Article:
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Juncker’s nomination was not a sudden, not an unexpected and not even a distinct event. Neither does it spell
an end to the European Council’s dominance in constitutional politics or
make EU reform less likely.
Dr Christine Reh
2 July 2014
Starts: Jul 1, 2014 12:00:00 AM
As a closer look at the European
Parliament Elections in Central and Eastern Europe suggests, it may be
non-voting, rather than populist protest voting, which could prove the
long-term threat to sustainability of the EU’s troubled democratic
Dr Sean Hanley
2 June 2014 More...
Starts: Jun 2, 2014 12:00:00 AM
Despite “shocks” & “earthquakes” that took place at the national
level, the European Parliament remains mainly pro-EU. Why did the rise of Eurosceptics not make more of an impact, and what do the results mean for the 8th European Parliament?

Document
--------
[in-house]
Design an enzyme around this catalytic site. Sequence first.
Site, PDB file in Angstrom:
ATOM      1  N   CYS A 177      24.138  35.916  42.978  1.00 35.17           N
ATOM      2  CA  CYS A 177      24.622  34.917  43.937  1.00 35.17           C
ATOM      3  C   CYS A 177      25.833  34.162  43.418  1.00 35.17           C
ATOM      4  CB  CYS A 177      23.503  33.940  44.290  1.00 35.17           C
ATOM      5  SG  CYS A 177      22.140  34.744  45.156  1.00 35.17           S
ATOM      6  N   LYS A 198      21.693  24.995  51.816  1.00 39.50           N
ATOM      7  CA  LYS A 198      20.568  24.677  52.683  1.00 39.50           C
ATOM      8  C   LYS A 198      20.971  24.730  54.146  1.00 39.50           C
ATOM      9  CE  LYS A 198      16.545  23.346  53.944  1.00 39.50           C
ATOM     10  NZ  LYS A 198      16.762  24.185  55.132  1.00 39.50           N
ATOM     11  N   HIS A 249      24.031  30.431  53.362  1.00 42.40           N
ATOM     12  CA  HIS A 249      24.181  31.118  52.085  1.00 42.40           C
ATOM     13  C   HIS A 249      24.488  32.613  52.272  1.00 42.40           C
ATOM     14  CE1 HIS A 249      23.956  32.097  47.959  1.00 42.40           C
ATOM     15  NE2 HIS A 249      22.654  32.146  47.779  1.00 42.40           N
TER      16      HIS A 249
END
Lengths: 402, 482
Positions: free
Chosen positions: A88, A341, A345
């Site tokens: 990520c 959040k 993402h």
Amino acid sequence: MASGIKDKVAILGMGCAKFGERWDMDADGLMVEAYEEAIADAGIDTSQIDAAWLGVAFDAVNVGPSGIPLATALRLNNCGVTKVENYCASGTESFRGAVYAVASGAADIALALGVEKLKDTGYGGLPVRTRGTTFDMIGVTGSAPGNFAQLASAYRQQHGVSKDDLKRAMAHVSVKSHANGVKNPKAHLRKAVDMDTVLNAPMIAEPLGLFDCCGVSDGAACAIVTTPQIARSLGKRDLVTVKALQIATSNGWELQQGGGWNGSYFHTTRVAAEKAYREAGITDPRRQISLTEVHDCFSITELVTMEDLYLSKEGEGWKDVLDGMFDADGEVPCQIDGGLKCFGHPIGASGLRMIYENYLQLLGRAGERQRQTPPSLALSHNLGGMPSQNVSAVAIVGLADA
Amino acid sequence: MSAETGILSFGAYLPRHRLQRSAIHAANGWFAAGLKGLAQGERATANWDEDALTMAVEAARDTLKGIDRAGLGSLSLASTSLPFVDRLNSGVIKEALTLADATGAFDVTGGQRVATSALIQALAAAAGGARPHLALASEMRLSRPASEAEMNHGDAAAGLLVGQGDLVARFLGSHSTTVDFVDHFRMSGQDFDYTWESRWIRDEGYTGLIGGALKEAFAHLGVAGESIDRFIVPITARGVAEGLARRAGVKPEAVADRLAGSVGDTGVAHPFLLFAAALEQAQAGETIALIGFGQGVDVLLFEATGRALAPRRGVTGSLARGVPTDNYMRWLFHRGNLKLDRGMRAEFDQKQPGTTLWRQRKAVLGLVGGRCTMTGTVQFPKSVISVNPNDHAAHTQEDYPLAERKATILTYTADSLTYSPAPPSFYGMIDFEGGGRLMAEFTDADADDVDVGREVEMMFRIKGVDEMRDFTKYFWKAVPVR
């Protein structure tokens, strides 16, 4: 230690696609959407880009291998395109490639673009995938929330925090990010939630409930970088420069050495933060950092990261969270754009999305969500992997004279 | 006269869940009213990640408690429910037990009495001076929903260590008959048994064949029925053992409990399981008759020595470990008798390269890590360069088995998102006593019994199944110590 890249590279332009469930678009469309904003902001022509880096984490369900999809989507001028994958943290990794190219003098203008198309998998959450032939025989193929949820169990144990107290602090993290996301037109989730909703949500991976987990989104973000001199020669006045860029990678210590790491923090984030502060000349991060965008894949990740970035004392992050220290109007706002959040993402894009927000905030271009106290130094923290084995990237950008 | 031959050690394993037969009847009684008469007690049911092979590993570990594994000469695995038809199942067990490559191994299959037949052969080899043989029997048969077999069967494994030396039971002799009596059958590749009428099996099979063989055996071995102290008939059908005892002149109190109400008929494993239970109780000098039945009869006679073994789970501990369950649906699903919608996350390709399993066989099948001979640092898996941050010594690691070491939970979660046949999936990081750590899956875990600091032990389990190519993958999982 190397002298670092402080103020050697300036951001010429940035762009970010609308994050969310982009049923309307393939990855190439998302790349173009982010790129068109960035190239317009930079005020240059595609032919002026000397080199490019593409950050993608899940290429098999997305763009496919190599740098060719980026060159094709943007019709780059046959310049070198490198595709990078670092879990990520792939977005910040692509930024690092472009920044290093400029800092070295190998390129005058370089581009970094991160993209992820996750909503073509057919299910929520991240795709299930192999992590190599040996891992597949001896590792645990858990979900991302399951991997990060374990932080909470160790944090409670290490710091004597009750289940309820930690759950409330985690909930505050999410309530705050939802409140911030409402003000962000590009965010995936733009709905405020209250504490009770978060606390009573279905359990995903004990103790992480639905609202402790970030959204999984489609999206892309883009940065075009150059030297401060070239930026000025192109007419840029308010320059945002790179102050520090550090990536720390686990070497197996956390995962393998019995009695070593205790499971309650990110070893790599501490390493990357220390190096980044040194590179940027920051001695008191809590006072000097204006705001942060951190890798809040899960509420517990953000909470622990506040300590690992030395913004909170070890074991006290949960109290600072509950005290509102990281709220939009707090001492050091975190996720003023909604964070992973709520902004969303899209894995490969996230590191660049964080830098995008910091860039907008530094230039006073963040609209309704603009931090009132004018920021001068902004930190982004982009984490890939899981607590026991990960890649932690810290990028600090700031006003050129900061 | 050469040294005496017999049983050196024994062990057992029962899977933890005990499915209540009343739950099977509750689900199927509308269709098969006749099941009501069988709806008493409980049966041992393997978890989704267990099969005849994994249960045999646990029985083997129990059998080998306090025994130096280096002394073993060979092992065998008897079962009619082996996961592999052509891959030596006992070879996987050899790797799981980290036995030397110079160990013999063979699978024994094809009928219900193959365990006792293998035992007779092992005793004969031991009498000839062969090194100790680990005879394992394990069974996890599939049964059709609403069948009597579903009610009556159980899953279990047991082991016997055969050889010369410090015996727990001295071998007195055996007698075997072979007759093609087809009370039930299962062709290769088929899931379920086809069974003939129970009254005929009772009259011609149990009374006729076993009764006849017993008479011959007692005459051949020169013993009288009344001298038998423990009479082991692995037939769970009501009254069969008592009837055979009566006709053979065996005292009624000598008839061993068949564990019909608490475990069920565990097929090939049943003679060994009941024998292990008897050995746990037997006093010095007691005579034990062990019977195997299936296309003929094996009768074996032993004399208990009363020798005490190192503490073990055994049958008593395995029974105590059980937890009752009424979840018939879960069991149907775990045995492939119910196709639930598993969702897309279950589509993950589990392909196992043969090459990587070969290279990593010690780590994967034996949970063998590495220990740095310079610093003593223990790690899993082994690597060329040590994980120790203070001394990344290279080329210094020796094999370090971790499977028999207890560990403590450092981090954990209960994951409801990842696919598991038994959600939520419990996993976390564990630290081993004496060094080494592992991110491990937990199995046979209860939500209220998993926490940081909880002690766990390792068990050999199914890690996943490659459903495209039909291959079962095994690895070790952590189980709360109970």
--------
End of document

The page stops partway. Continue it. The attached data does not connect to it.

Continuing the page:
27 May 2014 More...
Starts: May 27, 2014 12:00:00 AM
26 February 2013
A UCL Laws alumnus was elected President of Cyprus on Sunday 24 February.
It was a clear victory: President Nicos Anastasiades took 57.5 percent of the vote, 15 points ahead of his rival Stavros Malas, who campaigned on an anti-austerity platform. The Guardian commented that: “With the ex-British colony facing financial meltdown in the wake of the huge losses sustained by its banking system when Greece restructured its debt, the election had assumed a significance not seen since independence in 1960. Foreign lenders at the EU and IMF had hoped Anastasiades would win, seeing the 66-year-old lawyer as a pair of safe hands in what could be tortuous times ahead as both try to finalise a rescue programme to keep the island's recession-hit economy afloat.”